tempura restaurant in ginza
i can't believe i'm stuck in a foreign city for valentine's day second year in a row. last year was sydney (also for a business meeeting) and this year it's tokyo. valentine's day has become such a non-event that h doesn't even bother to wish me anymore. sigh...
the upside is that i went to dinner with a very charming colleague who has worked in asia for years and is a wonderful conversationalist. he's been to japan many many times so was the perfect companion for a first evening in tokyo. we chose a tempura restaurant in ginza, a short walk from the akasaka prince hotel where we are staying. i hadn't realised that there is no such thing as a "japanese" restaurant as i knew them in charlotte, san francisco, new york or london. here it's sushi, tempura, teppanyaki, sashimi or one of the other elements of japan's amazingly diverse cuisine. a respectable japanese restaurant will never mix and match. too bad for us who like a little variety. being vegetarian, i might not have had much to eat at a sashimi joint but tempura worked out ok. at least i din't go hungry though i had to dig into some seafood to satisfy my hunger.
mark and i ordered two pri-fixe dinners of assorted tempura (vegetables, seafood etc), rice, japanese pickles, salad and dessert. we also ordered a bottle of pinot to wash it all down. i was ravenous as my last meal had been a light breakfast consisting of an english muffin and some marmalade right before we landed at narita. right after, i had to go straight into meetings with a japanese client all day till 8 pm. i was tempted to ask them around 6 pm if they had any valentine's day plans which they needed to leave for but decided against that. the work culture here is hard core. i was lucky to get three milky teas between 2pm and 8 pm which were a true saving grace for my stomach which was churning by the time dinner came around.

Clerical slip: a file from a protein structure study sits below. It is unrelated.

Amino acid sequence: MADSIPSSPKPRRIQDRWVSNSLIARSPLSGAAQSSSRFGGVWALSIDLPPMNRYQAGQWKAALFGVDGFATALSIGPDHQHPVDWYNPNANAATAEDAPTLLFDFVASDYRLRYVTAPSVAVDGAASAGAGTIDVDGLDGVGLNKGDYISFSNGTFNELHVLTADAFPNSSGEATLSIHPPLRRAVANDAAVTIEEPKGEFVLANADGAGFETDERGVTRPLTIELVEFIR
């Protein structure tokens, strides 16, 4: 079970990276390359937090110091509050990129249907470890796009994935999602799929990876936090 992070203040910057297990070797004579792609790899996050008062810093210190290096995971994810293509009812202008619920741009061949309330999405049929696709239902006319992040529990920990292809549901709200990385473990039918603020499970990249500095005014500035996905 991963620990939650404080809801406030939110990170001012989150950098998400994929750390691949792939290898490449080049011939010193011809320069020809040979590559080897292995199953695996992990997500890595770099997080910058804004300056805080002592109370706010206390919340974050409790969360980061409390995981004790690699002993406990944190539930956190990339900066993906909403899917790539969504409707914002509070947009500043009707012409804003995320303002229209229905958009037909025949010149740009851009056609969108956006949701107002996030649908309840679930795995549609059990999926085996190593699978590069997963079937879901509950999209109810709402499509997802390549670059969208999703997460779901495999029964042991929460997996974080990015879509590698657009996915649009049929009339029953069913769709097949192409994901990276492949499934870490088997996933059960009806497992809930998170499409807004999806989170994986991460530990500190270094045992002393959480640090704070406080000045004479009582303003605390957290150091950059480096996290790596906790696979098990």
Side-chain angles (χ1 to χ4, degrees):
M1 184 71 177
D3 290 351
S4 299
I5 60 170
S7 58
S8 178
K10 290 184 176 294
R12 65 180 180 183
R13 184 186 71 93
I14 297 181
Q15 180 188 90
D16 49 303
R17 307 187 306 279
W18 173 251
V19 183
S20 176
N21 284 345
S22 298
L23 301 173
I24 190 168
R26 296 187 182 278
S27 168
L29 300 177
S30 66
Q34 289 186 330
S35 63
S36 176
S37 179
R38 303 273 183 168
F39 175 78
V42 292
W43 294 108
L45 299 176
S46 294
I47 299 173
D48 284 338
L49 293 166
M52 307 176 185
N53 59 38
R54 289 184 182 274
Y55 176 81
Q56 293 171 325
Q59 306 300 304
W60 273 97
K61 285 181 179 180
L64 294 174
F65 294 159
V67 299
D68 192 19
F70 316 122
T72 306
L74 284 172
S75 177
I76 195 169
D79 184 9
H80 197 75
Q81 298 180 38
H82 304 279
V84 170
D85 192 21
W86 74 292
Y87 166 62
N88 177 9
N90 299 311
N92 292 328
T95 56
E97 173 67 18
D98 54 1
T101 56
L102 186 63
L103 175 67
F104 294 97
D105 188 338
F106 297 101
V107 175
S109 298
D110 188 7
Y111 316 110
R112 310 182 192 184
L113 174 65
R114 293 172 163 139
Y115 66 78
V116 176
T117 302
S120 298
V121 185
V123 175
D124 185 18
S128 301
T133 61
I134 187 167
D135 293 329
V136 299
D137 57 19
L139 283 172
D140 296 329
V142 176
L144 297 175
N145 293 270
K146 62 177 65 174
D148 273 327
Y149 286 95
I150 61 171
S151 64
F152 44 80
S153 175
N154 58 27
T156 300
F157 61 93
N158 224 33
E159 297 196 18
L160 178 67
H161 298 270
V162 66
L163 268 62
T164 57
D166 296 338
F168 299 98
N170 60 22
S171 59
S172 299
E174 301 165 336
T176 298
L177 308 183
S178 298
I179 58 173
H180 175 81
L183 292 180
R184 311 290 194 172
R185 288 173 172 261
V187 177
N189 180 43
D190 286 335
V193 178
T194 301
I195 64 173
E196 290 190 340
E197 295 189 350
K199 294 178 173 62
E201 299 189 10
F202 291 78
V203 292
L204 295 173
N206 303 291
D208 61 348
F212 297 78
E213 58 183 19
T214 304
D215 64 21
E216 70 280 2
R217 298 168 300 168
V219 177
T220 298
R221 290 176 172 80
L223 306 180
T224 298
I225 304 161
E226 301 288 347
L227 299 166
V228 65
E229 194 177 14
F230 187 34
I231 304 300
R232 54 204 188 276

tempura's origins in japanese cuisine date back to the portuguese who taught the japanese how to deep-fry seasonal vegetables and seafood in a light, crisp batter. the japanese have elevated the basic technique to a pure art. the freshest in-season vegetables and seafood are use and fried one morsel at a time in high quality sesame oil and the tempura are generally never too oily, if done the right way. i picked on bean, eggplant, lima bean and tofu tempura but also had to taste some prawn and other assorted seafood tempura as there just wasn't enough of a selection of vegetables. luckily for me, the pinot was pretty good so i pretended the non-vegetable tempura were just different forms of tofu. miso soup was served right at the end it had baby mussels floating in it. it was actually much tastier than the miso broths i have had before, even at nobu. dessert was a choice of melon, pineapple or mango. no surprised as to which was was my selection!